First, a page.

1.1 Describe the duties and responsibilities of own role
My duties as a care worker involve giving clients personal care, such as assisting with washing, dressing, toileting requirements including catheter and convene care. Assisting with nutritional requirements such as meal planning/preparation/feeding, prompting/administering medication, shipping, cleaning. It is my responsibility to ensure that the client maintains an acceptable level of health and to promote the clients well-being. It is also my responsibility to ensure that all company policies and procedures are carried out and to maintain records for the service delivered, along with responsibility for ensuring that my training needs are kept up-to-date so that I am at the level of standards required to undertake my role. Finally, it is my duty and responsibility to treat clients with respect and dignity at all times.
Question: Identify standards that influence the way the role is carried out
The standards I have identified that influence the way I carry out my role as a carer working in domiciliary care are:
- Care Standards Act 2000
- Domiciliary Care Regulations 2002
- Health and Safety at Work Act 1974
- Manual Handling Operations Regulations 1992
- Management of Health and Safety at Work Regulations 1999
- Codes of Practice
- National Occupation Standards
- Care Quality Commission Standards
These make up the standards to follow for good working practice within Health and Social Care.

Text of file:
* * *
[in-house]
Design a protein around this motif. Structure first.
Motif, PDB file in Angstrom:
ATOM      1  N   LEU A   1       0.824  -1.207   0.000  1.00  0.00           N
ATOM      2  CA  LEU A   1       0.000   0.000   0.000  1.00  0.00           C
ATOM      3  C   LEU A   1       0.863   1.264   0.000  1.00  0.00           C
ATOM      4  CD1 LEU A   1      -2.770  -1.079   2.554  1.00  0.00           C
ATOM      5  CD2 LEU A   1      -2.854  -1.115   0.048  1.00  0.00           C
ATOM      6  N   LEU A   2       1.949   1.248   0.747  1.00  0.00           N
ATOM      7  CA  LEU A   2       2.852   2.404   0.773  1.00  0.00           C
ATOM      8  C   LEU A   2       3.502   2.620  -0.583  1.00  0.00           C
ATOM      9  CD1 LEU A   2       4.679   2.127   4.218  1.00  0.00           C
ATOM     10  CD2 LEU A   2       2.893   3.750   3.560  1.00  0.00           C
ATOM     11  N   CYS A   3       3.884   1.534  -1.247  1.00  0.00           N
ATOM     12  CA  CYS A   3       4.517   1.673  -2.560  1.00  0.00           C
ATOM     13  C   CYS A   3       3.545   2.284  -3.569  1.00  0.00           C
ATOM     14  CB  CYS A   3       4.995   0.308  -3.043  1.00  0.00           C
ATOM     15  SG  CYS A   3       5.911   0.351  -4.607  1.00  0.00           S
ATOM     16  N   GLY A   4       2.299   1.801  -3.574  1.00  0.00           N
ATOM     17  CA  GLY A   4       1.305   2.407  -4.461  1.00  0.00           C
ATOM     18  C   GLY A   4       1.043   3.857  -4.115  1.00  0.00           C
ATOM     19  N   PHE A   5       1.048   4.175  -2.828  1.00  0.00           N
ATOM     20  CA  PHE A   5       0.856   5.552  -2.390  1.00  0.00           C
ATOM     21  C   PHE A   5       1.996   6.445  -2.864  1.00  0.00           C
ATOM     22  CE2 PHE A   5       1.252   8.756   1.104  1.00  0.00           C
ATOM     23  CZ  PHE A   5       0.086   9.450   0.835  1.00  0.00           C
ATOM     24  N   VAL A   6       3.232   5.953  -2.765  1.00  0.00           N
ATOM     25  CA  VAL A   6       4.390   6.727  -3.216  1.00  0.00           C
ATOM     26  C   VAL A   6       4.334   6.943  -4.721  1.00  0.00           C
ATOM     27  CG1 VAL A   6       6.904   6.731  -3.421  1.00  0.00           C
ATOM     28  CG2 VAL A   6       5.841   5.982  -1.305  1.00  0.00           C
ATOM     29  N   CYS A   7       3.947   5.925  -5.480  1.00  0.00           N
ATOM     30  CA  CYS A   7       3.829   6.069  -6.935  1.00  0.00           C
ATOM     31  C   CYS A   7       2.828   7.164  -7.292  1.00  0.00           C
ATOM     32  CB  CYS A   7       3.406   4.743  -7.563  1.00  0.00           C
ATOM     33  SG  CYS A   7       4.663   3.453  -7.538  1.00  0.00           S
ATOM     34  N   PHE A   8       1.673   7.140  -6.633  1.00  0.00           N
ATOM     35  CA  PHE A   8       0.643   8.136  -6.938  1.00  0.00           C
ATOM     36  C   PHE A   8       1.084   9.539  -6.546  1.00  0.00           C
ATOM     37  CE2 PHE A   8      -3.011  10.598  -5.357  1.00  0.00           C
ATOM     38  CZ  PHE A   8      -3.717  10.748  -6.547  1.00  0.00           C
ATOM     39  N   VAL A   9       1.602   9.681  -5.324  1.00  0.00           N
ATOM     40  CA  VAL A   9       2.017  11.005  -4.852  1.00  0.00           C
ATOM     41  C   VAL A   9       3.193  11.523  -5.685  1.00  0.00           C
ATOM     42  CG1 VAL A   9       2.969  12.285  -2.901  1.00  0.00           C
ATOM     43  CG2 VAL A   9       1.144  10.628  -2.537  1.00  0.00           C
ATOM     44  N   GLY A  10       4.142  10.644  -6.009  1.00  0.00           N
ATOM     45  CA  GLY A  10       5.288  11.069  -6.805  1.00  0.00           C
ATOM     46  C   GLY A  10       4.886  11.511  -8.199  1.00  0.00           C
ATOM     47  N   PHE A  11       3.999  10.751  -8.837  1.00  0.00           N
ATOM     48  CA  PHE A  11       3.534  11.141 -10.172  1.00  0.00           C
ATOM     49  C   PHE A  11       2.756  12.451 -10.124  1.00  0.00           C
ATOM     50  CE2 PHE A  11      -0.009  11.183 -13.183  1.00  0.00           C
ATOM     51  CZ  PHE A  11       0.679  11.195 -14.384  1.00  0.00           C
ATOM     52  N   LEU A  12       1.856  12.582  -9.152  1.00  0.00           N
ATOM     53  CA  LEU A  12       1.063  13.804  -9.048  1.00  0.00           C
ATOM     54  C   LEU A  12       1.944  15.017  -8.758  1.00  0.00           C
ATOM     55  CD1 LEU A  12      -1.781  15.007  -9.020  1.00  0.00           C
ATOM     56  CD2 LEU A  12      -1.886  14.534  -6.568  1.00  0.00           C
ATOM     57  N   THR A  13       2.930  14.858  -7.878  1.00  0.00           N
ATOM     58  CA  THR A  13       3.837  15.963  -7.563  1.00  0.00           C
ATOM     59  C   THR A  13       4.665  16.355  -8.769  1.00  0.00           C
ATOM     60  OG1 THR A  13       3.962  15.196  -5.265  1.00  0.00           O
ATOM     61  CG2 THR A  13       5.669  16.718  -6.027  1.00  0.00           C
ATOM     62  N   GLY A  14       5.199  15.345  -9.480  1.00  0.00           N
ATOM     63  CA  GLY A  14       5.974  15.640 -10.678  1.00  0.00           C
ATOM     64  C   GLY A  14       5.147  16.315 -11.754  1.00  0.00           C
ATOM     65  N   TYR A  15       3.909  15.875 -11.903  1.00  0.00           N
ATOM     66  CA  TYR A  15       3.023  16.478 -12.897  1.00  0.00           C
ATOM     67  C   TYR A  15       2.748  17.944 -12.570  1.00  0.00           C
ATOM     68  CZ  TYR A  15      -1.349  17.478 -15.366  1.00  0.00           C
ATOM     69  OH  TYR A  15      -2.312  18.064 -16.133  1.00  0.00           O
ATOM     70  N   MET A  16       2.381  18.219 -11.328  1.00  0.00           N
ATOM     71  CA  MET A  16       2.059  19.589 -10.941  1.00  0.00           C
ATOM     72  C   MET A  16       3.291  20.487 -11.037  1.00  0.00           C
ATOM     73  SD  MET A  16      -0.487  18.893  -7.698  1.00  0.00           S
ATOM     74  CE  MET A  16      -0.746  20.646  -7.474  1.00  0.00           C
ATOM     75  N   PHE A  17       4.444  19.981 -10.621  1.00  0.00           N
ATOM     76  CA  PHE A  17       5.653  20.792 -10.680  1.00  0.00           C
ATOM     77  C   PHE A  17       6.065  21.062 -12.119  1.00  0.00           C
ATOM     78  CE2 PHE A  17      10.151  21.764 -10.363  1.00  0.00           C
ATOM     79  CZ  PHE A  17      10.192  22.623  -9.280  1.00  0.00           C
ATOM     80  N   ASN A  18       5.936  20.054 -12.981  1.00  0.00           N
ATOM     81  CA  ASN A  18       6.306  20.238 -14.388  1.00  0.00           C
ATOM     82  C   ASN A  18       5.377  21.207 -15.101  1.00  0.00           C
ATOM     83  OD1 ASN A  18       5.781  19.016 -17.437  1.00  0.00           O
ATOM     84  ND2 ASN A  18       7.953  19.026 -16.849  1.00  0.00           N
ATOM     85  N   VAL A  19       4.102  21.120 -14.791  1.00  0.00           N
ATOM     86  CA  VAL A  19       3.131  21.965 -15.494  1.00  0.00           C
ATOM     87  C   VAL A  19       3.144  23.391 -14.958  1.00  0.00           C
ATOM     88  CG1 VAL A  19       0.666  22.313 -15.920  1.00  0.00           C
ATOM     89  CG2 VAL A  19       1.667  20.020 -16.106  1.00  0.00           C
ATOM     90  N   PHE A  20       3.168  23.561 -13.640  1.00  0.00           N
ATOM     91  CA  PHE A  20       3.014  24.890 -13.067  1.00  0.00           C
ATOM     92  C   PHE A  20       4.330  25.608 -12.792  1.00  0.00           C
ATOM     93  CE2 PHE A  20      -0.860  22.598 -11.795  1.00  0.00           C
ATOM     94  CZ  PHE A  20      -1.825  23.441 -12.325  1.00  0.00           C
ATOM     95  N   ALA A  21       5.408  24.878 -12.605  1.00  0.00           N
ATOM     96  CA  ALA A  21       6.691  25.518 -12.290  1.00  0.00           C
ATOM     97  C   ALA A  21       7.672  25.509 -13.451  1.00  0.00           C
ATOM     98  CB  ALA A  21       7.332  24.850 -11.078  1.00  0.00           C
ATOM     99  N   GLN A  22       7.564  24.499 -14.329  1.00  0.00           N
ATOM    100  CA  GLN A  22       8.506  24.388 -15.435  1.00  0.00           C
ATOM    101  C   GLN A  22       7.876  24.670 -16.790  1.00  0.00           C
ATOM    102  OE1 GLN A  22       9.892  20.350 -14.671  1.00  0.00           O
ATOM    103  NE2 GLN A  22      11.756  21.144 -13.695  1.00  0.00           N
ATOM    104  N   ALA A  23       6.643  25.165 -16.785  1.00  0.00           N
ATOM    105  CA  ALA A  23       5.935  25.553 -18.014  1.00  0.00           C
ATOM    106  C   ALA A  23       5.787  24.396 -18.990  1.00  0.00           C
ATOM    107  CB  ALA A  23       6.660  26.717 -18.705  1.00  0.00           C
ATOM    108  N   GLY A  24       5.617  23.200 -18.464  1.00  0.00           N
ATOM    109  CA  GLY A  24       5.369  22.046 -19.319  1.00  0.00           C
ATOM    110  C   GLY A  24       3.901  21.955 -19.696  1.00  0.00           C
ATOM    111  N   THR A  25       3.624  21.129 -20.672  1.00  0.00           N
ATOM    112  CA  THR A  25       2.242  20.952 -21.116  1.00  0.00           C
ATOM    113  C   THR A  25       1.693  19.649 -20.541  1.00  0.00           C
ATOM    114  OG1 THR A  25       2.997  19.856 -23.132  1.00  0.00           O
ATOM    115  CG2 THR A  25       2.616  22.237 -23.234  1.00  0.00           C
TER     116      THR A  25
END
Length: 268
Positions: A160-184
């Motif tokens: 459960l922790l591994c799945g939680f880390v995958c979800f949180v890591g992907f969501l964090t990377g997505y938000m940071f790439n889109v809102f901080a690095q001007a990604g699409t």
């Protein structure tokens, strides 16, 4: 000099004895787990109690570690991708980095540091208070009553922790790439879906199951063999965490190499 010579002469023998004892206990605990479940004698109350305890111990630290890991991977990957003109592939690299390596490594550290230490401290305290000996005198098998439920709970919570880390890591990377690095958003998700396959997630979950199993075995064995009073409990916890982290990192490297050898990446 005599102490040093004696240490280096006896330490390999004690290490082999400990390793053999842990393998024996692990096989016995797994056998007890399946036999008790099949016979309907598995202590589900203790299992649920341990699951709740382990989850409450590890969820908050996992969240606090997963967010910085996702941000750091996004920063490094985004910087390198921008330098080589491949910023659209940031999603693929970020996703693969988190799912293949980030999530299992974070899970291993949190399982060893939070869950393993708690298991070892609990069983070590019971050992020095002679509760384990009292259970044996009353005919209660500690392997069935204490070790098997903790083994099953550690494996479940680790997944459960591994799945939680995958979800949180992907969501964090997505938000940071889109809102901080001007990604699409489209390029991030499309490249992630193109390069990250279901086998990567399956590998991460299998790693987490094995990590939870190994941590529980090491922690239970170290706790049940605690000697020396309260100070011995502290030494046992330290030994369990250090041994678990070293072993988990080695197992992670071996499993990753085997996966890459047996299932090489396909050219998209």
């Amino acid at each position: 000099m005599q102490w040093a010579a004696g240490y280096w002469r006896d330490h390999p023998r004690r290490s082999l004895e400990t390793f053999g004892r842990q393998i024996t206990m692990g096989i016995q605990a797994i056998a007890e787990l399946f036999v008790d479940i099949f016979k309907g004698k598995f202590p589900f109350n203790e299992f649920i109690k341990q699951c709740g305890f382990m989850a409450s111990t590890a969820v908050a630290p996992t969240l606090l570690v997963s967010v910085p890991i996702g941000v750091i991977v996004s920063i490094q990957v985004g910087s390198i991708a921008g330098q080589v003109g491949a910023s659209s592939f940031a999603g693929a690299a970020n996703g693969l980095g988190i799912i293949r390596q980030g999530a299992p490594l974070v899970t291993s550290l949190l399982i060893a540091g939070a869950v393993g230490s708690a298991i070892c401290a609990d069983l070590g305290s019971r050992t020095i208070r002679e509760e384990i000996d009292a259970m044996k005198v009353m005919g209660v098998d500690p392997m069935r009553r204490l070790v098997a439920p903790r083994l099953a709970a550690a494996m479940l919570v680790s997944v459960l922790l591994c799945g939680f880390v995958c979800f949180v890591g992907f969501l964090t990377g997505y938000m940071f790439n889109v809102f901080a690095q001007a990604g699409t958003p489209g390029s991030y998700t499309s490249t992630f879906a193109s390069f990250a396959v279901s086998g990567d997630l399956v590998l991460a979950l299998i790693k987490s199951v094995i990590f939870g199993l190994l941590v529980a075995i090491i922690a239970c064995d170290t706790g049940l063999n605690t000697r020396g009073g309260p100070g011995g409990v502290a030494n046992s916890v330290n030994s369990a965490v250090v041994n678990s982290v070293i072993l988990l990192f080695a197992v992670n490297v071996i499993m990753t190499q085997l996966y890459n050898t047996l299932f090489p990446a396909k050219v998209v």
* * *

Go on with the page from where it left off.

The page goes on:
Question: Describe ways to ensure that personal attitudes or beliefs do not obstruct the quality of work
To ensure that personal attitudes or beliefs do not obstruct the quality of work carried out a carer should dedicate themselves to excellence, develop good work ethics and be professional at all times. It may also be possible to change personal attitudes through further training.
2. Be able to reflect on own work activities
Explain why reflecting on work activities is an important way to develop knowledge, skills and practice
Reflecting on work activities can help a care worker gain a better/clearer understanding of social, cultural, personal and historical experiences. Reflecting is learning through experience, so by deliberating in an orderly fashion we can learn from our own (or others) mistakes, and conversely from what we (or others) have done well and use this new knowledge to help us in future situations. Therefore, reflection can help us to find an awareness of our thoughts and feelings which may relate to a particular area of our working practice. Thus enabling a link between theory and practice, so allow ‘integrated’ learning.